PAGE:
For example: element.dispatchEvent(new KeyboardEvent('keypress', {'key': 'a'}))

Working example:

// get the element in question
const input = document.getElementsByTagName("input")[0];

// focus on the input element
input.focus();

// add event listeners to the input element
input.addEventListener('keypress', (event) => {
  console.log("You have pressed key: ", event.key);
});

input.addEventListener('keydown', (event) => {
  console.log(`key: ${event.key} has been pressed down`);
});

input.addEventListener('keyup', (event) => {
  console.log(`key: ${event.key} has been released`);
});

// dispatch keyboard events
input.dispatchEvent(new KeyboardEvent('keypress',  {'key':'h'}));
input.dispatchEvent(new KeyboardEvent('keydown',  {'key':'e'}));
input.dispatchEvent(new KeyboardEvent('keyup', {'key':'y'}));
<input type="text" placeholder="foo" />

MDN dispatchEvent

MDN KeyboardEvent

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13

You're now able to do:

var e = $.Event("keydown", {keyCode: 64});
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2

First of all, I need to say that sample from Sionnach733 worked flawlessly. Some users complain about absent of actual examples. Here is my two cents. I've been working on mouse click simulation when using this site: https://www.youtube.com/tv. You can open any video and try run this code. It performs switch to next video.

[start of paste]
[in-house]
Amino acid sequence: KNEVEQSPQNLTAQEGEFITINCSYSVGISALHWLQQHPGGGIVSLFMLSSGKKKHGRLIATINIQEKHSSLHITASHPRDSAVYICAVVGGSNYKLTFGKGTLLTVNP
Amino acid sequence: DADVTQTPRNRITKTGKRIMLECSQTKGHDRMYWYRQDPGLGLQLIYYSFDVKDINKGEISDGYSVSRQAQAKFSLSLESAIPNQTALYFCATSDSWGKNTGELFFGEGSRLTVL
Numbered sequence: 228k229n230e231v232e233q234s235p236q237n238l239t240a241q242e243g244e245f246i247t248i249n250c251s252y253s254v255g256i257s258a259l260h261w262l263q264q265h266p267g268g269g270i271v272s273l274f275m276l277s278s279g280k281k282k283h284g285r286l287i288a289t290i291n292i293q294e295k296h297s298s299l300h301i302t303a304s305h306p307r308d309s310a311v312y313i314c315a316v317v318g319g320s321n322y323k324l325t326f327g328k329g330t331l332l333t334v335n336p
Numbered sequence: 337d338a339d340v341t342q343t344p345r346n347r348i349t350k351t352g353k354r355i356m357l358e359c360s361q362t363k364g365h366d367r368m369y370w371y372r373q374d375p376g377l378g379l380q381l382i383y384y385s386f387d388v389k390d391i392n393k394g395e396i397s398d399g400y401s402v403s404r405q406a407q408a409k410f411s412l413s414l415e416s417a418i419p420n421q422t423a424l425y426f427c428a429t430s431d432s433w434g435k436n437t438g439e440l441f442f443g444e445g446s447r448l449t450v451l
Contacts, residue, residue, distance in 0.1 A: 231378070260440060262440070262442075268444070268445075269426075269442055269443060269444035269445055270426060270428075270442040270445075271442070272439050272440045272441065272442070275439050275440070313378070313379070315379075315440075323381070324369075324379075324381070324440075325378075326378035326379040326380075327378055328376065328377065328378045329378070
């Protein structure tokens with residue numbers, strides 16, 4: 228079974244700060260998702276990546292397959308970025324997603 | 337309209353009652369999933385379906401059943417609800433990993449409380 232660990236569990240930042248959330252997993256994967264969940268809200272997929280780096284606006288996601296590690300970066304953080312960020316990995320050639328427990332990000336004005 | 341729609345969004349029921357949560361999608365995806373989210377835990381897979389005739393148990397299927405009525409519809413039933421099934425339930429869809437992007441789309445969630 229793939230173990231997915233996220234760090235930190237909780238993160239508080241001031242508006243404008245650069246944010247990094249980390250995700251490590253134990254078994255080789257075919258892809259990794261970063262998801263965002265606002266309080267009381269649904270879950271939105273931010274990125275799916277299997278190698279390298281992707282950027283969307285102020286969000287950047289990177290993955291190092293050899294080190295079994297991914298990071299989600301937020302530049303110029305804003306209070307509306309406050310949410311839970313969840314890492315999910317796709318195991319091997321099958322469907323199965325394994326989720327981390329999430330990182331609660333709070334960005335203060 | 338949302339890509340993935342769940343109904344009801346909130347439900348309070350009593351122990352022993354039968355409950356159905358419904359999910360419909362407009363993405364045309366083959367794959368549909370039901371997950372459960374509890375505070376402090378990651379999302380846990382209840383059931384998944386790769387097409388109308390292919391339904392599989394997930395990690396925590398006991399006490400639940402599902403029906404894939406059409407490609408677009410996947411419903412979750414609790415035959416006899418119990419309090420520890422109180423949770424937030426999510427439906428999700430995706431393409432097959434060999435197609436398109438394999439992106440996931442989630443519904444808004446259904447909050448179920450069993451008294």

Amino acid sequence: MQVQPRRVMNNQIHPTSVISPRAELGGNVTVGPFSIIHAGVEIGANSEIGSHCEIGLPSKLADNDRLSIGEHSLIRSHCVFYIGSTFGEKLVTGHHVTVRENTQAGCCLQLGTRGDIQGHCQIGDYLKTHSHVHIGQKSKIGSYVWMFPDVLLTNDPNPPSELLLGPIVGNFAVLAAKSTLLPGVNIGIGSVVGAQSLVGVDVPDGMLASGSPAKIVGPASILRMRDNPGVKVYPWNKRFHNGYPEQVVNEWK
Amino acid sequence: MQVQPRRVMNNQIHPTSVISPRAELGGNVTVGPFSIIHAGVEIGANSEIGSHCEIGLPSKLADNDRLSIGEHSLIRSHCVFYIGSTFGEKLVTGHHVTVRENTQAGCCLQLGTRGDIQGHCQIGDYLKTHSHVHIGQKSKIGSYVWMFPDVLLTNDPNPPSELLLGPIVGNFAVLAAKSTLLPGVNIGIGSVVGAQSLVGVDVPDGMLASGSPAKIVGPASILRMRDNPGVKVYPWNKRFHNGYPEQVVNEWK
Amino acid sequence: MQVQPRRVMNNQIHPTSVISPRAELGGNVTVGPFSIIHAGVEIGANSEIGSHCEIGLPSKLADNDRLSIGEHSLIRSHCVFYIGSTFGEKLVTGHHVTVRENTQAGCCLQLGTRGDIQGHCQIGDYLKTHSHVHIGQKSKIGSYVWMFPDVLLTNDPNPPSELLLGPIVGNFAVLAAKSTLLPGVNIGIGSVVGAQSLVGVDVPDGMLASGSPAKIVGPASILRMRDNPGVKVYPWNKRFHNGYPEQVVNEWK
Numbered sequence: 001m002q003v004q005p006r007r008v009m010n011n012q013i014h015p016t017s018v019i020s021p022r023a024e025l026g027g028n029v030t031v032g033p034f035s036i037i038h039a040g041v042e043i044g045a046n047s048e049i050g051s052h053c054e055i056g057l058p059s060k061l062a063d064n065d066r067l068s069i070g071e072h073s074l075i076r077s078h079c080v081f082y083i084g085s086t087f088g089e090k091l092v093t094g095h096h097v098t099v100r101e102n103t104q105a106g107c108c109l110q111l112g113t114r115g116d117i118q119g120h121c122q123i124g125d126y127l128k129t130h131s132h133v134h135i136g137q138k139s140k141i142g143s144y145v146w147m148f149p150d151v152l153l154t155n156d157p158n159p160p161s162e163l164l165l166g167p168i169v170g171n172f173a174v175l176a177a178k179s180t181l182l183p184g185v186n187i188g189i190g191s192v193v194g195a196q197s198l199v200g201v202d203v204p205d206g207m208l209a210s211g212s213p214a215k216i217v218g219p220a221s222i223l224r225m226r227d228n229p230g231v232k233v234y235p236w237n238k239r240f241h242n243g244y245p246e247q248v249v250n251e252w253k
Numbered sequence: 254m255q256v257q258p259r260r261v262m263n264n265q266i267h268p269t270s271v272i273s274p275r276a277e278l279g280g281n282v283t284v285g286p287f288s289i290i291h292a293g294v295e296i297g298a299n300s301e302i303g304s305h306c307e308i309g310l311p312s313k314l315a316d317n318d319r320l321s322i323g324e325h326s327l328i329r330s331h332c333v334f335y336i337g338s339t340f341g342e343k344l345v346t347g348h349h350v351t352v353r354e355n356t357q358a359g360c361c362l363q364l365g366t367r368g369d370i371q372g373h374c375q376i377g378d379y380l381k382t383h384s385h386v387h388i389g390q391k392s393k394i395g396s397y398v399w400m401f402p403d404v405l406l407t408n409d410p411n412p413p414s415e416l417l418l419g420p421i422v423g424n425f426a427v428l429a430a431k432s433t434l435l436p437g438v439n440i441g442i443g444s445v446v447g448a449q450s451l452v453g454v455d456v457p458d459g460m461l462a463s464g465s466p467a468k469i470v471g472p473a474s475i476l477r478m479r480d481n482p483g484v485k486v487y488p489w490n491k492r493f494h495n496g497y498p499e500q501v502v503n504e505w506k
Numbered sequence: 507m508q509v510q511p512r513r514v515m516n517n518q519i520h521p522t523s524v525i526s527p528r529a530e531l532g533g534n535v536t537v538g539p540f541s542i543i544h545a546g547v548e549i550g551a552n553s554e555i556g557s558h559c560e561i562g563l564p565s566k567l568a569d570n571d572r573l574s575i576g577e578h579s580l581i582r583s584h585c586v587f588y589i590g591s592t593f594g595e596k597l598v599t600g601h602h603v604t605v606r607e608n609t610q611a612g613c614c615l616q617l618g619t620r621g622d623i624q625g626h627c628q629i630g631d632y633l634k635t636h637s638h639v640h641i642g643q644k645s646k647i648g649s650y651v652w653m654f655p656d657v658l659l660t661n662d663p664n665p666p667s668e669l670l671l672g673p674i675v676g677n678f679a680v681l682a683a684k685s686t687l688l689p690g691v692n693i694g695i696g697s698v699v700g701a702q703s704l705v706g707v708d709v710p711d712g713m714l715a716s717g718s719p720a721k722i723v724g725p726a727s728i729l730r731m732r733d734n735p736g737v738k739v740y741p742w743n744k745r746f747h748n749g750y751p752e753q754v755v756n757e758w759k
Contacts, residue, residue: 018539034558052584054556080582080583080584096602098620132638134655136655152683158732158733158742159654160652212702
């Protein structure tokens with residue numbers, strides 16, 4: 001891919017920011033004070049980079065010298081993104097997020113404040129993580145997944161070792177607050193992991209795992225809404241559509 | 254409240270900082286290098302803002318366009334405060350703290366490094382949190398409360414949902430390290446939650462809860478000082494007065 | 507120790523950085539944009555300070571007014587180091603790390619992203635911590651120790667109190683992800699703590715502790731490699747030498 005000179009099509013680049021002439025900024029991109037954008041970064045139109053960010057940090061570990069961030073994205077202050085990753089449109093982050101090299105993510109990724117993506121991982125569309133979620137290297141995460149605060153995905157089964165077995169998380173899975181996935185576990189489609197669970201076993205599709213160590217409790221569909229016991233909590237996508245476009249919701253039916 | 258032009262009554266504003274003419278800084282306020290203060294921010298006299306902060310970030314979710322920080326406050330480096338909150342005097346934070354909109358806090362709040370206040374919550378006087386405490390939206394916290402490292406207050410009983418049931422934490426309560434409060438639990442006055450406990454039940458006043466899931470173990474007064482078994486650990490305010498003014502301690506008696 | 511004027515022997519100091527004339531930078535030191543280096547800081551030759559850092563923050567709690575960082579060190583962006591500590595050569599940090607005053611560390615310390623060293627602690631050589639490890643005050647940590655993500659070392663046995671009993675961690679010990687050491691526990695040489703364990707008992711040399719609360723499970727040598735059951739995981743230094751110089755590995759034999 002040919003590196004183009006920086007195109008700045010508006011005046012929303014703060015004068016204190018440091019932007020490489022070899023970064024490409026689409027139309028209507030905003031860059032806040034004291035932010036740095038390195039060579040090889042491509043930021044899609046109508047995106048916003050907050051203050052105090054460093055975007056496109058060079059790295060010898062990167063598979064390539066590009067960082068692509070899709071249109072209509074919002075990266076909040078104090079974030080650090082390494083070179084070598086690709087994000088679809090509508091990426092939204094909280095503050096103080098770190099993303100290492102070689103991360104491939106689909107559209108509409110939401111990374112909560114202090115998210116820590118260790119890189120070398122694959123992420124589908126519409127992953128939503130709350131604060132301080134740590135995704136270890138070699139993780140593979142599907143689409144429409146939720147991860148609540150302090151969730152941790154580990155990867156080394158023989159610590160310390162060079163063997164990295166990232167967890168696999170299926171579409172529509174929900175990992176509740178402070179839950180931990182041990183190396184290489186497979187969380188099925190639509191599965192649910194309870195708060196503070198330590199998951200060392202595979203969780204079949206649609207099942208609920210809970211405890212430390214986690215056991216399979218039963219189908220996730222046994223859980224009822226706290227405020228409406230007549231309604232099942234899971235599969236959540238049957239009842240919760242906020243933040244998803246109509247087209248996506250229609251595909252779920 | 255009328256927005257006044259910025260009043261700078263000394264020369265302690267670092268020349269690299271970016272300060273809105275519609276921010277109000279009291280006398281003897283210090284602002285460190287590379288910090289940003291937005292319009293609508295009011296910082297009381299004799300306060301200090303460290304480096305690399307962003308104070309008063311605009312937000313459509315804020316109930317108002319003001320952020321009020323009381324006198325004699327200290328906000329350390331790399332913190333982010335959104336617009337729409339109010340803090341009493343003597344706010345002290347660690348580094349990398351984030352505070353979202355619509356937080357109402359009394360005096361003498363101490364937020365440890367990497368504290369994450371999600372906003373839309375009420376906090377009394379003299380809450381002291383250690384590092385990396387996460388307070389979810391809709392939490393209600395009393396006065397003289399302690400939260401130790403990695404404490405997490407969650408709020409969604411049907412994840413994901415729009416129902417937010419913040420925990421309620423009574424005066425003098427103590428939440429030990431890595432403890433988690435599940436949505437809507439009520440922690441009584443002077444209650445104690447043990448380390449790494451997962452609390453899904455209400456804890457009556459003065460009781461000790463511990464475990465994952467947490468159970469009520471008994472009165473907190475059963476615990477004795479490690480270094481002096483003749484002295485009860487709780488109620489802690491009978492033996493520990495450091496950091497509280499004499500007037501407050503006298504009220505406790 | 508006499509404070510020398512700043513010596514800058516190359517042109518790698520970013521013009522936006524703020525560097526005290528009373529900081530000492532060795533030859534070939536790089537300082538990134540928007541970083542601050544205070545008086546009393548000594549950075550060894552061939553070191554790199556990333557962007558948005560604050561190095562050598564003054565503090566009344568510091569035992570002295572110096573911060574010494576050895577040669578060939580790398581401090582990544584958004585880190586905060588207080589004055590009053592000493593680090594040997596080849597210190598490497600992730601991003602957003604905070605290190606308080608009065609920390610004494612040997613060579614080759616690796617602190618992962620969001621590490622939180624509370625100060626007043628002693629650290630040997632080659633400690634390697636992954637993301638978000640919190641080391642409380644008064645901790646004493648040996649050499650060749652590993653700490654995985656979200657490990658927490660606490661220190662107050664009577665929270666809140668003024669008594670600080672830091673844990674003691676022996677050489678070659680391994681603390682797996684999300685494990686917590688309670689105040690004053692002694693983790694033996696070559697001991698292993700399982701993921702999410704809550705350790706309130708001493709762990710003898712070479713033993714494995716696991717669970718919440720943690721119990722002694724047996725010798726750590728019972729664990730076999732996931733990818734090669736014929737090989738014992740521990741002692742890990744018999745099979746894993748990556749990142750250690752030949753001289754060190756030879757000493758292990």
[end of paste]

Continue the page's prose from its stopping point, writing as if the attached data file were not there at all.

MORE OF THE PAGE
function triggerEvent(el, type, keyCode) {
    if ('createEvent' in document) {
            // modern browsers, IE9+
            var e = document.createEvent('HTMLEvents');
            e.keyCode = keyCode;
            e.initEvent(type, false, true);
            el.dispatchEvent(e);
    } else {
        // IE 8
        var e = document.createEventObject();
        e.keyCode = keyCode;
        e.eventType = type;
        el.fireEvent('on'+e.eventType, e);
    }
}

var nextButton = document.getElementsByClassName('icon-player-next')[0];
triggerEvent(nextButton, 'keyup', 13); // simulate mouse/enter key press
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1

I thought I would draw your attention that in the specific context where a listener was defined within a jQuery plugin, then the only thing that successfully simulated the keypress event for me, eventually caught by that listener, was to use setTimeout(). e.g.

setTimeout(function() { $("#txtName").keypress() } , 1000);

Any use of $("#txtName").keypress() was ignored, although placed at the end of the .ready() function. No particular DOM supplement was being created asynchronously anyway.

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1

For typescript cast to KeyboardEventInit and provide the correct keyCode integer

const event = new KeyboardEvent("keydown", {
          keyCode: 38,
        } as KeyboardEventInit);
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  • 1
    @CamiRodriguez whatever you can do in TypeScript you can do in JS (just like jQuery). Except that TypeScript doesn't mess up the JS syntaxes, just expands them. If you remove ` as KeyboardEventInit` it will be basically a JS code. +1 for the answer, thanks. – Gergő Horváth Mar 24 at 18:22